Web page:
PR: Yeah I have seen a lot of stage management positions that ask for that stuff, which is the argument too. That shouldn't even be in a stage manager position. They're just trying to get more out of you. I wouldn't really want to work with that group of people anyways. For me, that's just like, I probably wouldn't be able to stage manage, and really if you consider what a stage manager does, and like, I guess that should be okay. Obviously some people are qualified and they want to do that. I think it's just like, it's been interesting as my reflection over the past few years. There's certain people that I locked on and like, we're like a team. You want that team. Just looking at it from that respect, stage managers, they find their team and their ASM or PSM that they like to work with, or you find your theater where you know how that works, and each production is different. But it's also that flexibility of how do you make it work.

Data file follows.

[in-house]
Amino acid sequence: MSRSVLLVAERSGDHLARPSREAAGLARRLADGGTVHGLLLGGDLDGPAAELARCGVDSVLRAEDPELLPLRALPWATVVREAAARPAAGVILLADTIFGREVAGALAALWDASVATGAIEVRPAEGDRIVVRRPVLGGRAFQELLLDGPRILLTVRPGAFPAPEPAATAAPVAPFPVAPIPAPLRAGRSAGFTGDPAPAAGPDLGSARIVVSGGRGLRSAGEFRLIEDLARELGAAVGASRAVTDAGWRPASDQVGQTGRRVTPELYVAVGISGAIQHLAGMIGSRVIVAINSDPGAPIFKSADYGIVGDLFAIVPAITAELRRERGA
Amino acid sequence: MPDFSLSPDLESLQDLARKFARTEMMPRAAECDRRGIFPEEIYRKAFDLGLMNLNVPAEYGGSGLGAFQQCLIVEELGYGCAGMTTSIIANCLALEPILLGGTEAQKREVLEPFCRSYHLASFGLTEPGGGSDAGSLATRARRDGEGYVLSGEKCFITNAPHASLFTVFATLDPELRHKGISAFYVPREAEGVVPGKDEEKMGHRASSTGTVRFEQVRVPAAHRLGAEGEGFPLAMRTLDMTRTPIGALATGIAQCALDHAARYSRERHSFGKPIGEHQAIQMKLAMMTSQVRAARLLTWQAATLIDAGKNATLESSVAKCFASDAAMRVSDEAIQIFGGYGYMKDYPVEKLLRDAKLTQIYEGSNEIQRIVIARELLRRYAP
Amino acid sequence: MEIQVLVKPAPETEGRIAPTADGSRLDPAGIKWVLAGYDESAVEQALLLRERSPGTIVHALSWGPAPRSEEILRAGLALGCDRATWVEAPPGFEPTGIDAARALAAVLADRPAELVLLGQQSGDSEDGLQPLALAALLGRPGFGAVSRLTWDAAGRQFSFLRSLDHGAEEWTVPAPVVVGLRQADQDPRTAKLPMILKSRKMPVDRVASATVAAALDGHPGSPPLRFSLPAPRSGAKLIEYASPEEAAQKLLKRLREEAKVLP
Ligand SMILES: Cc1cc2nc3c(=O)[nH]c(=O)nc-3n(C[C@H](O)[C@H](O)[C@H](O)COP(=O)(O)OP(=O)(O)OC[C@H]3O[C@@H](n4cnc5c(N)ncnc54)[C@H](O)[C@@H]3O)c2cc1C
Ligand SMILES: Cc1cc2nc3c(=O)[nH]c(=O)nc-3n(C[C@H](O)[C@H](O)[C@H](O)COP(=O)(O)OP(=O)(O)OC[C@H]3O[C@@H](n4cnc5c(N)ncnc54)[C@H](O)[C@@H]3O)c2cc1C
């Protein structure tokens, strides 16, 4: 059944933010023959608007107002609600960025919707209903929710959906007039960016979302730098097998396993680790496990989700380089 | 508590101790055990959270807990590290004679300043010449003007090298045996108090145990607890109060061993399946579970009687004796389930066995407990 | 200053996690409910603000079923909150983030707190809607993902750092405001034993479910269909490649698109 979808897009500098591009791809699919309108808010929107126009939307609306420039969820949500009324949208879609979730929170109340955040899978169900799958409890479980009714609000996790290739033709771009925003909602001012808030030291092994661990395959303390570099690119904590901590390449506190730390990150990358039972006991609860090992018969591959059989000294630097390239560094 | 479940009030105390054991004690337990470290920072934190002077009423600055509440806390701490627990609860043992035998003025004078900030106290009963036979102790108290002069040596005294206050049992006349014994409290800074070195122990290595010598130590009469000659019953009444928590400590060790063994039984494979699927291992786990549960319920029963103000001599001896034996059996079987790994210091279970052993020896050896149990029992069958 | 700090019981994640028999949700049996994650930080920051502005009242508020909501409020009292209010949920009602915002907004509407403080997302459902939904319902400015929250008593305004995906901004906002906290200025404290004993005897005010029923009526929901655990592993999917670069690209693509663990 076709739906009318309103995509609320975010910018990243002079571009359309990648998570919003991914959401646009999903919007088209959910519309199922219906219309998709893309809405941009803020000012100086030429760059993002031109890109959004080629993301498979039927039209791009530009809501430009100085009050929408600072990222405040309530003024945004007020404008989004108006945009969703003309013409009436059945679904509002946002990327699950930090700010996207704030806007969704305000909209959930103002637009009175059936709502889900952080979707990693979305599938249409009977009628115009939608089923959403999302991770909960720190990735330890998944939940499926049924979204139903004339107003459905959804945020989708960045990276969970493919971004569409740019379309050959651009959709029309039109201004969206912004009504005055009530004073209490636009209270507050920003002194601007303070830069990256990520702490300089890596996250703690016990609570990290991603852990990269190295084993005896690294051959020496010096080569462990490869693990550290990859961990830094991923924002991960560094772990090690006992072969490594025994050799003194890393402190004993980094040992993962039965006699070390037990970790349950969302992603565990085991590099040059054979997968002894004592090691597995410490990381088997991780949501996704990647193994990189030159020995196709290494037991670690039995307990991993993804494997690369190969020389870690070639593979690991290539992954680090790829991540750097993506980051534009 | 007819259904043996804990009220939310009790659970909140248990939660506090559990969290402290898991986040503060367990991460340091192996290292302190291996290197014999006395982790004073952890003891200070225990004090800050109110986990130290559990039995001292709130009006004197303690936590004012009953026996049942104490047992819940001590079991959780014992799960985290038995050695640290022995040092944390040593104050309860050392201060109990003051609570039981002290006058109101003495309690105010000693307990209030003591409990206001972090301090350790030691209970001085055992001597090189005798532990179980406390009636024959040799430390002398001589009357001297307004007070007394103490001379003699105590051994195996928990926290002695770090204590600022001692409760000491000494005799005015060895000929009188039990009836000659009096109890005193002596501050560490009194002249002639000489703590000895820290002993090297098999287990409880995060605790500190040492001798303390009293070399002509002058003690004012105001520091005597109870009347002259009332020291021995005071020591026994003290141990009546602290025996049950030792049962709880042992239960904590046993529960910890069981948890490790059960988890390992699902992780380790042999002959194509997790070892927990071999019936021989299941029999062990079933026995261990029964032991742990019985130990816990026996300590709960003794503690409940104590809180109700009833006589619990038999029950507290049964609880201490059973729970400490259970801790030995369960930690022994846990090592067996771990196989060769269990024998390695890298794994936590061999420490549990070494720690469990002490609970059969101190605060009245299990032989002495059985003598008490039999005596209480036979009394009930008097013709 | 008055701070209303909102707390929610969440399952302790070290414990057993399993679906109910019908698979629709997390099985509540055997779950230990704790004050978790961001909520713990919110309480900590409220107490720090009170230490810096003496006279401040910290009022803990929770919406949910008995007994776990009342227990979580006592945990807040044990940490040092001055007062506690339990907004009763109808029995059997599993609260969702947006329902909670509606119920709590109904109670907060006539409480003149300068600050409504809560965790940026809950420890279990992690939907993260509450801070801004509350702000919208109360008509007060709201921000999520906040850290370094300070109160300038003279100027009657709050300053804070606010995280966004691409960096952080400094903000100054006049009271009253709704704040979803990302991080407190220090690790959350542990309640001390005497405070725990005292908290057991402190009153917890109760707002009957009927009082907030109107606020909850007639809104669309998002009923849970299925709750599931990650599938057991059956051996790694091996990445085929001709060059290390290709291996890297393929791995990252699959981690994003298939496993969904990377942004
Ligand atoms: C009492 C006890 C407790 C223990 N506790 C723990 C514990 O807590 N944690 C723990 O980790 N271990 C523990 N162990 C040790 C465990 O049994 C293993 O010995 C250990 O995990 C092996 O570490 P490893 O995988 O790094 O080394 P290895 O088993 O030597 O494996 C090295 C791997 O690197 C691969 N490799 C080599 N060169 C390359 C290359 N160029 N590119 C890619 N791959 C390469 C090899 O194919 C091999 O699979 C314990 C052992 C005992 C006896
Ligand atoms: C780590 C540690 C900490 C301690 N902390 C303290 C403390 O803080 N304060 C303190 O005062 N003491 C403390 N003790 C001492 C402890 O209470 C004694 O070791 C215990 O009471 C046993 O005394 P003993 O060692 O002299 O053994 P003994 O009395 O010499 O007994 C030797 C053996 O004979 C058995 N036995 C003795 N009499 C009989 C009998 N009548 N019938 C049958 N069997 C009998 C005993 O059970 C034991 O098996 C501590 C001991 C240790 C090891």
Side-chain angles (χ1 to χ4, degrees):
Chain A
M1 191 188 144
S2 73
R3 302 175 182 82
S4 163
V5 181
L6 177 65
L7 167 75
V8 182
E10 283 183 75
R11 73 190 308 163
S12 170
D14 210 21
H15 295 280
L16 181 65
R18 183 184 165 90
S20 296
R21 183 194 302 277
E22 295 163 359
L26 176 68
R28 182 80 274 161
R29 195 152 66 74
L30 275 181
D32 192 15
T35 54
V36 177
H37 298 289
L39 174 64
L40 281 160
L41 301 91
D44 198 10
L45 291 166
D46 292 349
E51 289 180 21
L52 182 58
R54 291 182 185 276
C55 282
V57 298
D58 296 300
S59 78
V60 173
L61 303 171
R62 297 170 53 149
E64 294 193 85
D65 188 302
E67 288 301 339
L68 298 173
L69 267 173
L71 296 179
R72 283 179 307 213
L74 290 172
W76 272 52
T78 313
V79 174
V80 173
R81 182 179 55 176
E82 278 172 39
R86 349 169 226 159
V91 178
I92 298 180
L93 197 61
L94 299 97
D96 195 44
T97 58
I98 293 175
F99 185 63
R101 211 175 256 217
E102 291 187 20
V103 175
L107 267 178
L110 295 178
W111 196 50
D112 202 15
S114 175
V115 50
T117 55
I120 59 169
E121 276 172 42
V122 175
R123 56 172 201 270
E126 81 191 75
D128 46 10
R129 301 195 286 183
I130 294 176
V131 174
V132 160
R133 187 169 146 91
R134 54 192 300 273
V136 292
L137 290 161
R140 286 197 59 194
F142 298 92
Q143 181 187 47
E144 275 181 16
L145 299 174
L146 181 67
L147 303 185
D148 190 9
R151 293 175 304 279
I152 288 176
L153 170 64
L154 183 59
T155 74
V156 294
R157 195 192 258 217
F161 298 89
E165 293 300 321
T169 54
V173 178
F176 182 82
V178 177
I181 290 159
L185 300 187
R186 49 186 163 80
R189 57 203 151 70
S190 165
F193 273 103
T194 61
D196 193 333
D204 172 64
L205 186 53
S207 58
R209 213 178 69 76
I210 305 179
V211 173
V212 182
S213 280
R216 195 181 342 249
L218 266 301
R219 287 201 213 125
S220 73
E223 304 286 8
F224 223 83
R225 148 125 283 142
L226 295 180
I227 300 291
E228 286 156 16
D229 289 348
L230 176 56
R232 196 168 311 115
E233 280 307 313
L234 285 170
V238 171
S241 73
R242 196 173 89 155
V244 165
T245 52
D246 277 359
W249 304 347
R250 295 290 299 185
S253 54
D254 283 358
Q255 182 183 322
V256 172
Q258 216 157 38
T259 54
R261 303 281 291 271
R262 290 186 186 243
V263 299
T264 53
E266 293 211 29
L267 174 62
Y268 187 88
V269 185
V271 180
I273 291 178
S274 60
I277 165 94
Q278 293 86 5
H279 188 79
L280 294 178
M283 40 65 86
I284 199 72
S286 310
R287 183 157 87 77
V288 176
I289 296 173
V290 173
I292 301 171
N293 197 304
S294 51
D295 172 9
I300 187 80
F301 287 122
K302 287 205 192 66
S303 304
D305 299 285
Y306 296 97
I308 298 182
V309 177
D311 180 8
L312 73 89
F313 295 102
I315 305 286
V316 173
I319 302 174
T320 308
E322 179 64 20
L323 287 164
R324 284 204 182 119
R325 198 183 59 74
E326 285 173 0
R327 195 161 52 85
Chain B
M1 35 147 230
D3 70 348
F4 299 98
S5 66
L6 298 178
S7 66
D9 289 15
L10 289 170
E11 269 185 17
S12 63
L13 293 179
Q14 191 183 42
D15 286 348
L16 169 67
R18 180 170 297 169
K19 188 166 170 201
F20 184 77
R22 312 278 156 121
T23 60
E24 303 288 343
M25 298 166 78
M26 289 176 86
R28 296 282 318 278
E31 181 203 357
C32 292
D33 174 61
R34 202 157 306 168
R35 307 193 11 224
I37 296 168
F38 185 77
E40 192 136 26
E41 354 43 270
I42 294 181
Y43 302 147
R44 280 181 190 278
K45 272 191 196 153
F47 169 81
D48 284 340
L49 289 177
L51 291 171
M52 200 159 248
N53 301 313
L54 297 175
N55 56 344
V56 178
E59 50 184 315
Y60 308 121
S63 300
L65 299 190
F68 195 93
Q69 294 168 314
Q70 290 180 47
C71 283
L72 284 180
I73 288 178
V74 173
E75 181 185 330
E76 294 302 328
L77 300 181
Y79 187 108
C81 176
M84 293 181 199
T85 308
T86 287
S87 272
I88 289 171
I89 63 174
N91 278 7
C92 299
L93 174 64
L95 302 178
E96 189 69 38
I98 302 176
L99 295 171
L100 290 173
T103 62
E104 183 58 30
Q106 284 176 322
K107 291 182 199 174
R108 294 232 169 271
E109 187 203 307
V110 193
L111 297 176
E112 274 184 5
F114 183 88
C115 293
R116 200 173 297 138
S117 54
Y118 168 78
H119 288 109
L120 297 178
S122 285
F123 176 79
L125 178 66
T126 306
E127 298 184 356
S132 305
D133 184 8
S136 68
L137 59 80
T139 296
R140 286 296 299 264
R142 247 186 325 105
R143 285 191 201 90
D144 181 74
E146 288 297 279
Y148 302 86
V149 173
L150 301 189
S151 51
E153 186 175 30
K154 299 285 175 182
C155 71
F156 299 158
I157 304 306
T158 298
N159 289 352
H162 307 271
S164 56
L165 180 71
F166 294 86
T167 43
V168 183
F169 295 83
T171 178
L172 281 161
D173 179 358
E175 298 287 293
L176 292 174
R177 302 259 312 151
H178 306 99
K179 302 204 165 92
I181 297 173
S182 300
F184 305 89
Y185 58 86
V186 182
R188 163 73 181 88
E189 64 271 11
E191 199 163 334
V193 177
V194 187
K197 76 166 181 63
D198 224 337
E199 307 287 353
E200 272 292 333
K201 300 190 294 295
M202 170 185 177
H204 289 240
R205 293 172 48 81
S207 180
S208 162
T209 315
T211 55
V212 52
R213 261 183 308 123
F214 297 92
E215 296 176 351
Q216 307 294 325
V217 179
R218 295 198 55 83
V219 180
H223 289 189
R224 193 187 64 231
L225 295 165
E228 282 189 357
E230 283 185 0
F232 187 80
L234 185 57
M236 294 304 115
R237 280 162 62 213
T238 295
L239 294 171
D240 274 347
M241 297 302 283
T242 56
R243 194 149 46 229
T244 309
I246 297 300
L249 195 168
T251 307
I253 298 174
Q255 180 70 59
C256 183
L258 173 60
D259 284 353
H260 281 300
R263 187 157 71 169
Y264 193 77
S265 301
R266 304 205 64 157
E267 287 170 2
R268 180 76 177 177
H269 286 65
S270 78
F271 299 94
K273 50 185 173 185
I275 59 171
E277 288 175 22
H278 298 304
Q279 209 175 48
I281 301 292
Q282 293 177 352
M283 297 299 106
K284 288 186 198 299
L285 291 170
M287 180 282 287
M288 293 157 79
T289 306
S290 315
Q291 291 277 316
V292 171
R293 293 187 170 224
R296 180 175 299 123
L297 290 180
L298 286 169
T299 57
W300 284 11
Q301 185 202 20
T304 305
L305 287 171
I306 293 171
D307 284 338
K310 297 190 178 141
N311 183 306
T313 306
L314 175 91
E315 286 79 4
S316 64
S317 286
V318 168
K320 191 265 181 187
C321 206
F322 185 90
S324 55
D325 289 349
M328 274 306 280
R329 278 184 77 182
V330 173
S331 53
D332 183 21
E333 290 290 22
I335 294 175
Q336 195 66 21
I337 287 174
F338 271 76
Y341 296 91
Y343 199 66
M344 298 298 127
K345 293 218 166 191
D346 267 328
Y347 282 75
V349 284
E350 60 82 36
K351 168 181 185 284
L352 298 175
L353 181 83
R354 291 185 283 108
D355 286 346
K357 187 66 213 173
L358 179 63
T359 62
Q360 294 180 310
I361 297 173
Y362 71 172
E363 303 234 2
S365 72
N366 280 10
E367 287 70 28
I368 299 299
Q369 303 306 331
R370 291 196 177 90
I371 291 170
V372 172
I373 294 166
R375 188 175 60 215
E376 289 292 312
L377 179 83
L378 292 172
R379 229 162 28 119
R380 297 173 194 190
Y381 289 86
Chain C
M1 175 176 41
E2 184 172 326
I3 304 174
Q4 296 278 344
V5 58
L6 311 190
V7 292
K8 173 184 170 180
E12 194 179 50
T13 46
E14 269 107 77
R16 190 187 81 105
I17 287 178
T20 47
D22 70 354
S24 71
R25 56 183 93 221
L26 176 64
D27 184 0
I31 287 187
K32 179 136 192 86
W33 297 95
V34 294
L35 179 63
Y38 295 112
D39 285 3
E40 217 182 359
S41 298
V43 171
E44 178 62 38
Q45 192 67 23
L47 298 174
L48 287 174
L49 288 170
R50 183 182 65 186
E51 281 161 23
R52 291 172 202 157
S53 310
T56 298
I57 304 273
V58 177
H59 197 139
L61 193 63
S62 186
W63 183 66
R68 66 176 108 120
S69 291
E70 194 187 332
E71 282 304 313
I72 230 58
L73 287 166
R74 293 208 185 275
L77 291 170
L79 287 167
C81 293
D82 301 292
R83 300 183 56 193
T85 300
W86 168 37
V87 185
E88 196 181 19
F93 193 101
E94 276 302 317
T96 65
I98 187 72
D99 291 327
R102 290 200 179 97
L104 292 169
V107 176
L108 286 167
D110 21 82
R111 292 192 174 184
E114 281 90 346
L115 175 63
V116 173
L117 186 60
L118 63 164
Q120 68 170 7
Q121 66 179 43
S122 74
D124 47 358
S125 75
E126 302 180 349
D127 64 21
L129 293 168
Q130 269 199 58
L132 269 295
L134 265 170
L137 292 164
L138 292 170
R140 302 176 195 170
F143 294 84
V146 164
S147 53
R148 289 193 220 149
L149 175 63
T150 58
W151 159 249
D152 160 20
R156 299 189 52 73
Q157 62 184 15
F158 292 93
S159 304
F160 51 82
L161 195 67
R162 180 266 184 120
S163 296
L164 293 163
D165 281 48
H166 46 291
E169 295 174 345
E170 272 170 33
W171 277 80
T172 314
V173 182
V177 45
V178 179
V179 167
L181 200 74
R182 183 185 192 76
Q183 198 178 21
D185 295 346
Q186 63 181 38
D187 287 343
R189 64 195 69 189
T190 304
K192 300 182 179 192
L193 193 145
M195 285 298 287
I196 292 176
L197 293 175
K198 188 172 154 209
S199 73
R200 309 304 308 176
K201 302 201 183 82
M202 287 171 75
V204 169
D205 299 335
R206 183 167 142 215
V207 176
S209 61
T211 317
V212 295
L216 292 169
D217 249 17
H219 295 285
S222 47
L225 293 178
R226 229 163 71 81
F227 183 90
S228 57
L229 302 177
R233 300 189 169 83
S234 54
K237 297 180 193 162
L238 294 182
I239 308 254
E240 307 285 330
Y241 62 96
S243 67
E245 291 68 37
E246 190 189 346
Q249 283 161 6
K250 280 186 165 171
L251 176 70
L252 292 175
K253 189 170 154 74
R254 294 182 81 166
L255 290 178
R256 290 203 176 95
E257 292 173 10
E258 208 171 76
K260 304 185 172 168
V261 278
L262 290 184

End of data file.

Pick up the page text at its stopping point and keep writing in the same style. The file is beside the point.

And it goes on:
(*Doorbell interruption because we live in the world!*)

AKH: Yes. I actually was really curious too, with one of the prompt questions that Gregg had shared with us about working with integrated casts of both Deaf/Disabled and non-Disabled theater workers, and he said we both have experience with that. Could you tell me about what your experience has been like? 

PR: Well the most recent thing was working On Every Link a Heart Does Dangle at The Lark with Madison [Ferris]. Well, actually, no. And then I did the Emerging Writers' Group Series, so I did Ryan Haddad's, I was part of the stage management team  for the development of that. And I did a dance show that Madison was in too. What else? I'm just listing my things I can recall. And then I had Monique Holt, who is a Deaf actor at Oregon Shakespeare Festival. Right now I'm currently in the second semester of learning ASL.